Published February 03, 2014
"You know, today, women make up about half our workforce, but they still make 77 cents for every dollar a man earns. That is wrong, and in 2014, it's an embarrassment. Women deserve equal pay for equal work.” -- President Barack Obama, State of the Union, January 2014
"Our success should depend not on accident of birth, but the strength of our work ethic and the scope of our dreams. It's how the daughter of a factory worker is CEO of America's largest automaker." -- President Barack Obama, State of the Union, January 2014
In his State of the Union address last week, President Barack Obama applauded the success story of Mary Barra, 52, the new chief executive of General Motors (GM) who sat with First Lady Michelle Obama. Barra became the first female CEO of the global automaker after a 33-year career at GM.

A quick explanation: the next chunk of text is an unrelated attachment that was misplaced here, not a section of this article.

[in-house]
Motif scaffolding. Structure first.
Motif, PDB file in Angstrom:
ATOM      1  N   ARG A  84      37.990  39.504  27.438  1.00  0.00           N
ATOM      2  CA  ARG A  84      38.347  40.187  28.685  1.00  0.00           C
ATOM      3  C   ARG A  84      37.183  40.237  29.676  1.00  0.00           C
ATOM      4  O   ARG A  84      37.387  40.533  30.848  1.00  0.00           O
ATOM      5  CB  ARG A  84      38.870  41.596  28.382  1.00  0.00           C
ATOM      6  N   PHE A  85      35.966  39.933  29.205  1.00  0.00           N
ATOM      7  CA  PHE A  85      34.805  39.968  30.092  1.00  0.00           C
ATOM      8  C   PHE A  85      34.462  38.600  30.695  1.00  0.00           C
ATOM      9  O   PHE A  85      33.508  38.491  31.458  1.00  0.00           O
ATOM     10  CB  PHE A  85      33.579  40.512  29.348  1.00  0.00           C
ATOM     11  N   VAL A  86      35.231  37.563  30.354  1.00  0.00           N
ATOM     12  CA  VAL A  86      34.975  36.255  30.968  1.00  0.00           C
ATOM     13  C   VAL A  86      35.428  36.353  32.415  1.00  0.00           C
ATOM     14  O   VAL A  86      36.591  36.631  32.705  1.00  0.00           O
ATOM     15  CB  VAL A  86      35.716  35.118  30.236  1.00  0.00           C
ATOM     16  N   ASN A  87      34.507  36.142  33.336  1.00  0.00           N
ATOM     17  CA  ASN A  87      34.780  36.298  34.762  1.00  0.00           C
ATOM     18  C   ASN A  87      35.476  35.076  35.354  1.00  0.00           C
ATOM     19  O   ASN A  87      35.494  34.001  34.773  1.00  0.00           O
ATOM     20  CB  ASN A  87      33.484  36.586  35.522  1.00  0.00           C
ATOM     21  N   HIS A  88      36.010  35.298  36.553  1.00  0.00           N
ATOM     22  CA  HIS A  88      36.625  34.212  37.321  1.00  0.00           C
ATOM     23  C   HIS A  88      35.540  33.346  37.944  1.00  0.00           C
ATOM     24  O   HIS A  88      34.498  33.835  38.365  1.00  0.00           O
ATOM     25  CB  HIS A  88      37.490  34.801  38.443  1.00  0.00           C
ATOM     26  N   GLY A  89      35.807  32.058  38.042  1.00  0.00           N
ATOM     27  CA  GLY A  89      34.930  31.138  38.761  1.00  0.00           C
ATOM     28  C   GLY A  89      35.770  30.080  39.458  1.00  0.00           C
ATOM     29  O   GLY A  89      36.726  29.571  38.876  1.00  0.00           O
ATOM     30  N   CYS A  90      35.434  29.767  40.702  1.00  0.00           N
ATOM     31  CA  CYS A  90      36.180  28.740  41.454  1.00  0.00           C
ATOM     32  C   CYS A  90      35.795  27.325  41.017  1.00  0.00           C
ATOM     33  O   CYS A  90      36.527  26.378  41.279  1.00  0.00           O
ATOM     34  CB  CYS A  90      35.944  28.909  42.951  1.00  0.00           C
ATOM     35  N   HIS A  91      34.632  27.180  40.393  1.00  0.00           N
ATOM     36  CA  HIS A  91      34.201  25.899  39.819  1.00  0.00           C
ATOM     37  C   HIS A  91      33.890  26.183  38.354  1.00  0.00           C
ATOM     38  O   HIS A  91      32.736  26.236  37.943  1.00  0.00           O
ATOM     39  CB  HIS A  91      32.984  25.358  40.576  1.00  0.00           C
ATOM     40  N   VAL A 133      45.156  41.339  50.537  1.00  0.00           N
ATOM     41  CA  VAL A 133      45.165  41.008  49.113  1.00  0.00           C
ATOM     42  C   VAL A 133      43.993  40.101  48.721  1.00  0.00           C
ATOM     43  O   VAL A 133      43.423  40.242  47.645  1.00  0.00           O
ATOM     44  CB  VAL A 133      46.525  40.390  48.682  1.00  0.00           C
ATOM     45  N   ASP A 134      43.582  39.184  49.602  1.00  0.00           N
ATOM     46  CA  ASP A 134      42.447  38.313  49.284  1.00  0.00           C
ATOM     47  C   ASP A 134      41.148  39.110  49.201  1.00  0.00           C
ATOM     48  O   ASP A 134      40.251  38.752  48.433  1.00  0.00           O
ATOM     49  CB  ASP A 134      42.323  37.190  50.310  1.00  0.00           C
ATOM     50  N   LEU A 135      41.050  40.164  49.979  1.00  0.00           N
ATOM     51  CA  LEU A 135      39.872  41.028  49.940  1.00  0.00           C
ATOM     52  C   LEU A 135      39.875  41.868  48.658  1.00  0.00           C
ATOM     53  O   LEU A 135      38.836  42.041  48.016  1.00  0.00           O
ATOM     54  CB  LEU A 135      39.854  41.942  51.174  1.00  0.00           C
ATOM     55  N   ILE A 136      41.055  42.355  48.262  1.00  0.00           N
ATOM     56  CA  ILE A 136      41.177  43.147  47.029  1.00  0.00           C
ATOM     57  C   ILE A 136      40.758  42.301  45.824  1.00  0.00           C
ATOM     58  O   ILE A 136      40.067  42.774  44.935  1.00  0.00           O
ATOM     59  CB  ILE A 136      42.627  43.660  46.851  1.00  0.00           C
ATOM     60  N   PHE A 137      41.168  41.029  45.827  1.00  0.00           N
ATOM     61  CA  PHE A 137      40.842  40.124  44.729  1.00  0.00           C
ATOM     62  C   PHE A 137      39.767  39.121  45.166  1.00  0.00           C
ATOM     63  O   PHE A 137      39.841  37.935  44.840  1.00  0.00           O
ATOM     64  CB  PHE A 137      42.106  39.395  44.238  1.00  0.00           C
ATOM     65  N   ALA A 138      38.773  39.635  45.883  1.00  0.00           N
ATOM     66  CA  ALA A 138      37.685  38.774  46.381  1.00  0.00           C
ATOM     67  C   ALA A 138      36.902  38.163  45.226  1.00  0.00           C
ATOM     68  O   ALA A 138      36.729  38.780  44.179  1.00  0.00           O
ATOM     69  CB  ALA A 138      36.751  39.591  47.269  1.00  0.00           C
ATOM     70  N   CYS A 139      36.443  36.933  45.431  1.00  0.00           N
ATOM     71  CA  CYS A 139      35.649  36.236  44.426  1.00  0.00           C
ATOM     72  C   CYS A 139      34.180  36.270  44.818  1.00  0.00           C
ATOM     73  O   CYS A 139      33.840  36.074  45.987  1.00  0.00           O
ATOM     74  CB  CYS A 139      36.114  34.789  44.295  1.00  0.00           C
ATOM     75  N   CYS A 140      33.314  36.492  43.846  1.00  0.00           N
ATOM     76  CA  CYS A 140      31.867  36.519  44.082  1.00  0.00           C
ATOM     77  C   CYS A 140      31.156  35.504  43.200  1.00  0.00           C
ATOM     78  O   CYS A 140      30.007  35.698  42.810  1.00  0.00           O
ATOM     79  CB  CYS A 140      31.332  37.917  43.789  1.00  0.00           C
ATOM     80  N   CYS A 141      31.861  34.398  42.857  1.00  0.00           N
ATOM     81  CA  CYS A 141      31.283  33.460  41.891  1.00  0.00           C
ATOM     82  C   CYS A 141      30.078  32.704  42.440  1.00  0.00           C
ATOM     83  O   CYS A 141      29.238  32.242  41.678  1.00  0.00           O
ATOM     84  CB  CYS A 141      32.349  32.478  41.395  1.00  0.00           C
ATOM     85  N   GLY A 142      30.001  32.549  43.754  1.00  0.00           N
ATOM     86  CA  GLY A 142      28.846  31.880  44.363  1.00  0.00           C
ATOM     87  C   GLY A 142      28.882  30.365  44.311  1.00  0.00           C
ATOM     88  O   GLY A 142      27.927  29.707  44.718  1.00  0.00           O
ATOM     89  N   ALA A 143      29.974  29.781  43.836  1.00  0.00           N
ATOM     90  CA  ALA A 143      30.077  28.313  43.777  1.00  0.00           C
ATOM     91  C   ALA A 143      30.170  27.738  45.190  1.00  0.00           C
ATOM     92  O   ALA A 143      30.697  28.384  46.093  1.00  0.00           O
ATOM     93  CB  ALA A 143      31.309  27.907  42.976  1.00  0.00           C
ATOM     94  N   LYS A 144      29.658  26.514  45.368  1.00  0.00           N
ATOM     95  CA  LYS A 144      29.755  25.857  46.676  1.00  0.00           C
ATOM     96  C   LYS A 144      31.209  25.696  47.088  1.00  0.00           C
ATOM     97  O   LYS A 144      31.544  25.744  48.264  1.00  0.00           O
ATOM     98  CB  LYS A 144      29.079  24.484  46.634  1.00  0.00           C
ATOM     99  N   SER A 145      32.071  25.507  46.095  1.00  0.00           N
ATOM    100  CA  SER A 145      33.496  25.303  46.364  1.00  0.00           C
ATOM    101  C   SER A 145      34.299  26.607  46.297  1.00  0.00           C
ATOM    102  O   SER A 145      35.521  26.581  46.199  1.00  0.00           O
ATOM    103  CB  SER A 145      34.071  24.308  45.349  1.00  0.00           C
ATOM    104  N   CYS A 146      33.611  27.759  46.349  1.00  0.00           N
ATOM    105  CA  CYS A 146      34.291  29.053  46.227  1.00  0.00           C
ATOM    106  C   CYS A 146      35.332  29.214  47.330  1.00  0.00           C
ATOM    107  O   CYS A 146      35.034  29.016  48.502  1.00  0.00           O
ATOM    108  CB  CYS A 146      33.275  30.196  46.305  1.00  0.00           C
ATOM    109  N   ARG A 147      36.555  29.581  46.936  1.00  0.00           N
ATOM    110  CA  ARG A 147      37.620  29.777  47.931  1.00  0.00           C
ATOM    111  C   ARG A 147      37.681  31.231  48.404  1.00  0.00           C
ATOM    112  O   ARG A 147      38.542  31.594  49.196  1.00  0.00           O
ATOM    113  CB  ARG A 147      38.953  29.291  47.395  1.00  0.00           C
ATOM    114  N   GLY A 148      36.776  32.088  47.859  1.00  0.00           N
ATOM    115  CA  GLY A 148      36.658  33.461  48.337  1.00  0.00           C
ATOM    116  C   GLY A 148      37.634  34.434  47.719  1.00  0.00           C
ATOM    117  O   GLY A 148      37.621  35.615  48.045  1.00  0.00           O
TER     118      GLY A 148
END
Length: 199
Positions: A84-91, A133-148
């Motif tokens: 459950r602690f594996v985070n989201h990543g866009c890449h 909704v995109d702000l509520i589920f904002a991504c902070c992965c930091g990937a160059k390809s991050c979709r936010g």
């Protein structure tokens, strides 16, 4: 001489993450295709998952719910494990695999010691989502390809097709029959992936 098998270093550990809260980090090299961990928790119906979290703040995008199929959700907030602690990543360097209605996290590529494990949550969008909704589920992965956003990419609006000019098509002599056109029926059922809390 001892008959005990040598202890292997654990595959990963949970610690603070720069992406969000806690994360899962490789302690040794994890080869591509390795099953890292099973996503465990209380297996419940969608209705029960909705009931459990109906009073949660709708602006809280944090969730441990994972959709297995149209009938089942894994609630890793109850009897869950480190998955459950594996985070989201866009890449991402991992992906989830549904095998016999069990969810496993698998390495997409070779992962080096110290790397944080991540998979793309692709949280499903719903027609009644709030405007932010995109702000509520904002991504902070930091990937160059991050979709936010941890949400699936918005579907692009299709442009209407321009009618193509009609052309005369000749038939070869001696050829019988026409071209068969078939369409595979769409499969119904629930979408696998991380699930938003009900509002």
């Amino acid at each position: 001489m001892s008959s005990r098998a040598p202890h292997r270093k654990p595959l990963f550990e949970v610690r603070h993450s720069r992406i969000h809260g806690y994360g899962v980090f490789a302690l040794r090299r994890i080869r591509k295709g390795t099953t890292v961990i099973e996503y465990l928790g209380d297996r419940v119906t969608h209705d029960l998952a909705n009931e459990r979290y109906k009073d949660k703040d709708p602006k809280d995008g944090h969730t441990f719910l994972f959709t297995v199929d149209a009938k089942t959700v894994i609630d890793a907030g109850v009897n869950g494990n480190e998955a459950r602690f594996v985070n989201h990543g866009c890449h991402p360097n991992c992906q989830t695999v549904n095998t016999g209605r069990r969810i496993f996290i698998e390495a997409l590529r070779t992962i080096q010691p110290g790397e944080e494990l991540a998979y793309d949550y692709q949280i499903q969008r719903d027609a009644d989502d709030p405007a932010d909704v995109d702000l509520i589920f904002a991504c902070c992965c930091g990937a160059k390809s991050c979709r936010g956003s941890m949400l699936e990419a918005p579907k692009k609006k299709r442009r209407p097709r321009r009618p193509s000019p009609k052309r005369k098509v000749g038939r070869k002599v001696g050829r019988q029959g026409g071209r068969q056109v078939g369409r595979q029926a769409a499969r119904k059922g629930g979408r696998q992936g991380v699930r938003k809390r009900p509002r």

The White House said in a statement that State of the Union guests like Barra who "have been invited to sit with the First Lady represent the stories of millions of Americans across the country, who are working hard to better their communities, improve their own economic outcomes and help restore opportunity for all."
Trouble is, Barra is not even getting 77%, but less than half, 48%, of the pay of GM's outgoing male CEO who had no prior experience running a car company. Barra replaced former Carlyle Group executive Dan Akerson, who ran the automaker after it got a massive $49.5 billion taxpayer bailout. The U.S. Treasury finally sold its remaining stake in GM last December, but at a $10.5 billion loss for U.S. taxpayers. At that time, Akerson said GM should not repay taxpayers the $10.5 billion because "the die was cast" when the Treasury Department opted to take shares in GM instead of giving it more loans.
As it stands now, Barra will get $4.4 million in total compensation, including a base salary of $1.6 million, in 2014, according to GM's filings with the Securities and Exchange Commission. Her pay currently trails outgoing CEO Akerson’s higher 2013 compensation by 52%. He got an estimated $9 million, with a larger $1.7 million base salary and $7.3 million in stock awards.
Even in his current role as an outside senior adviser to GM, Akerson's new $4.68 million compensation would still outstrip Barra's pay package.